Cafcass has been hit with a major rise in referrals of private family law cases, such as contact and residence arrangements when parents separate, at a time when it is already dealing with a surge in care applications following the baby Peter case.
The family courts body received 4,163 private law referrals in June, up nearly 30% on 12 months earlier and the highest monthly figure it has reported since recording began in April 2006.
The figure dropped slightly to 4,138 in July, but this was still 16% higher than in July 2008.
Cafcass received more than 15,000 referrals in the four months from April to July 2009, up 16.5% on the same period last year.
June’s private law record completes an unfortunate double that has stretched Cafcass’s resources this year. In March, after publicity over the baby Peter case, it reported the highest-ever monthly number of applications for care orders, 739 – up 37.5% on March 2008.
Cafcass chief executive Anthony Douglas said yesterday that the private law increase could be linked to the recession, with relationships under stress and some people finding it easier to access legal aid funding if they have lost their jobs.
Cafcass family court advisers become involved in private law cases when parents who are separating or divorcing are unable to agree on arrangements for their children. They act as child and family reporters, or as guardians ad litem in Rule 9.5 cases if separate representation of the rights and interests of the child is required.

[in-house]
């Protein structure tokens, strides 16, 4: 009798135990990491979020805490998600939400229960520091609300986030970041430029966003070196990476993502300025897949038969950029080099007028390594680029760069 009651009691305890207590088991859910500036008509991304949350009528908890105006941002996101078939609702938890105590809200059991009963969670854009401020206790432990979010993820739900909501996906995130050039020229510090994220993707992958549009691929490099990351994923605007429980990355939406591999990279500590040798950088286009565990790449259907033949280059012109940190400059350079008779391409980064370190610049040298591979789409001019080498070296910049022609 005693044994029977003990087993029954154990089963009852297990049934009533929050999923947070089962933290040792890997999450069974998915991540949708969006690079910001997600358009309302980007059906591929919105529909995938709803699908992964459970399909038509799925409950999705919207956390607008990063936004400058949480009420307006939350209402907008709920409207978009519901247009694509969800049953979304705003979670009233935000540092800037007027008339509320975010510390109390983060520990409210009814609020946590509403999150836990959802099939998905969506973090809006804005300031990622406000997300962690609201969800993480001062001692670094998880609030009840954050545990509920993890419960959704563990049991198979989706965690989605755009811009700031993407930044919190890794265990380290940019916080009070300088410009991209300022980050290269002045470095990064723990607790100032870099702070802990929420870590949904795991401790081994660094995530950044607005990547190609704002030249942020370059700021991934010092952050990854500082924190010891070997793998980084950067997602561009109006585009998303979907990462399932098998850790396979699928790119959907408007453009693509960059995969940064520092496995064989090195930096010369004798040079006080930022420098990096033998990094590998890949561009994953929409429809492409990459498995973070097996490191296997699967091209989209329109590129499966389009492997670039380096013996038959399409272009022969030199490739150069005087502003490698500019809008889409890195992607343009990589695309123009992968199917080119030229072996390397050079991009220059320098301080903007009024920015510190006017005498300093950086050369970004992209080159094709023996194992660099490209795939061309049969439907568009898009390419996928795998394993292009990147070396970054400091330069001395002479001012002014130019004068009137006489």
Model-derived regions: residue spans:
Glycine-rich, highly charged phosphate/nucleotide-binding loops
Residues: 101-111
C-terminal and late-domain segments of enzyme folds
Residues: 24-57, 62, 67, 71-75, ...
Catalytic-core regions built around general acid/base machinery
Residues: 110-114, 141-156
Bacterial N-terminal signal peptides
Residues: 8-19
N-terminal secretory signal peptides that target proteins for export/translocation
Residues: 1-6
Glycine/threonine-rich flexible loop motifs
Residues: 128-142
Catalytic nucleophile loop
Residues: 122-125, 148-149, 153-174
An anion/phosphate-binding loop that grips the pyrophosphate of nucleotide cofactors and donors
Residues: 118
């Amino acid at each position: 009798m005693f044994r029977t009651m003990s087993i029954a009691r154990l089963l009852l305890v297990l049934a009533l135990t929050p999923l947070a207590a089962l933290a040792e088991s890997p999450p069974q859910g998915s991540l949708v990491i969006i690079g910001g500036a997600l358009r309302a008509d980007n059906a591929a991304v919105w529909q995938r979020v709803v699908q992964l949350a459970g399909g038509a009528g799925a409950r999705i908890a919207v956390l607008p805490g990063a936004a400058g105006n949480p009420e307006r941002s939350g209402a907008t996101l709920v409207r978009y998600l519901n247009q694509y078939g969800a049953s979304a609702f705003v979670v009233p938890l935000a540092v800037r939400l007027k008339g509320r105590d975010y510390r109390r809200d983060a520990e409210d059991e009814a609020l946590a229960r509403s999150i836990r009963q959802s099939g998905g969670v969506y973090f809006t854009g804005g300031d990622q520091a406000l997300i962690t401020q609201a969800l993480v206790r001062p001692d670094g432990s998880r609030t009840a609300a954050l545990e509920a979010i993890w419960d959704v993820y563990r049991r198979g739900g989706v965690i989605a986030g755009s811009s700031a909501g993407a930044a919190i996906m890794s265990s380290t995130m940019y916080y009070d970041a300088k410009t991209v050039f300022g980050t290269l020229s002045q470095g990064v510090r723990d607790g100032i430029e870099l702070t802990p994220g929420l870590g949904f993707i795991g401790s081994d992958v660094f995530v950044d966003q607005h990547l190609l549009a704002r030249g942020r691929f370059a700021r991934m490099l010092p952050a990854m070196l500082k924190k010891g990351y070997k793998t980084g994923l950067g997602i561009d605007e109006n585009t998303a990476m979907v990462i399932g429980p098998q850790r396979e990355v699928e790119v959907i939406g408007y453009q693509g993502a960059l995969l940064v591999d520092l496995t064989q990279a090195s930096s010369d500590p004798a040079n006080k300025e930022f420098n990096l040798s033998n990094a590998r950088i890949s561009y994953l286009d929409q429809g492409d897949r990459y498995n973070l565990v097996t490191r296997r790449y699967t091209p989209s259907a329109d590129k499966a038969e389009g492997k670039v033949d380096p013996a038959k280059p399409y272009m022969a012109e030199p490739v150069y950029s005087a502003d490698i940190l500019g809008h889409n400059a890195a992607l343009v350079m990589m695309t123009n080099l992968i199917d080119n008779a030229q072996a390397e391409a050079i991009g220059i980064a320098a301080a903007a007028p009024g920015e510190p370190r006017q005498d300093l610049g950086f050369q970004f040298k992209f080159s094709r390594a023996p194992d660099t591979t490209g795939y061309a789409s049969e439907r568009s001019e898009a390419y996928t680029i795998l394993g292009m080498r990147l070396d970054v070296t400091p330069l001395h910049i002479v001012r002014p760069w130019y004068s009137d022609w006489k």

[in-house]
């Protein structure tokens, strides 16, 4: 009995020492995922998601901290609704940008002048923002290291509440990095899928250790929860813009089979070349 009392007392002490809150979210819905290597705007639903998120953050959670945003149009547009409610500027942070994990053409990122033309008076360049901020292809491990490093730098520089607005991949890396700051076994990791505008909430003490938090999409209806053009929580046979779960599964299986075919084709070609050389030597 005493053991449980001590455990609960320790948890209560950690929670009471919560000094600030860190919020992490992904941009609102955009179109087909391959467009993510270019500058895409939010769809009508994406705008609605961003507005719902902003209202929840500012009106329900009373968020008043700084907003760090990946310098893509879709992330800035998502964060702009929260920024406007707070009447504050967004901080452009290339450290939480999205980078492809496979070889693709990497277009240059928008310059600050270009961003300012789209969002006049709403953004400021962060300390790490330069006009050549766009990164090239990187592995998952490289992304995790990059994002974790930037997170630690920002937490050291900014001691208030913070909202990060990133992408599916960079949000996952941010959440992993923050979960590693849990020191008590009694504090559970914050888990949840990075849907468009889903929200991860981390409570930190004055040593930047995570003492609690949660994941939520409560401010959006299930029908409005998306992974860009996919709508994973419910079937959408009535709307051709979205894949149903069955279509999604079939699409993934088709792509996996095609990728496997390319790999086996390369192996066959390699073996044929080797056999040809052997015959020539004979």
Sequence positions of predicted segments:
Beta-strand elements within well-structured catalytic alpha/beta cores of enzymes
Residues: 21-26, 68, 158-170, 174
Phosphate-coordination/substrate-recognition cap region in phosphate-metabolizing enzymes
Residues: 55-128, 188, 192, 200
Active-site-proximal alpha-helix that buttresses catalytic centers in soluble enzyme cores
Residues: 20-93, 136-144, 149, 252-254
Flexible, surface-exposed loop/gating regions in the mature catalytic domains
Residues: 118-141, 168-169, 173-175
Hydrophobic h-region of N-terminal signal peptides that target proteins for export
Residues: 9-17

Although Cafcass has revealed the increasing pressures it faces from private law referrals, Her Majesty’s Courts Service (HMCS) does not have figures for the total number of family law applications for the period in question.
A spokesperson for HMCS would not comment when asked whether the increase in referrals to Cafcass was having a knock-on effect on the courts.
“We work very closely with Cafcass to ensure that all private law cases are progressed as quickly as possible and in the best interests of the child,” he said.
Cafcass report delays
Elspeth Thomson, co-chair of the children committee at Resolution, which represents family lawyers, had not seen any increase in family law cases in north east England, where she is a partner at Newcastle-based David Gray Solicitors.
However, she said courts faced delays of four to five months in private law cases in receiving reports from Cafcass practitioners. Attempts to “clear the backlog” in care cases could leave fewer practitioners available to work on private law.
Thomson said lawyers continued to encourage clients in private law cases to resolve their differences without going to court.
“Anything that diverts people from the court process is great for the family and for children,” she said.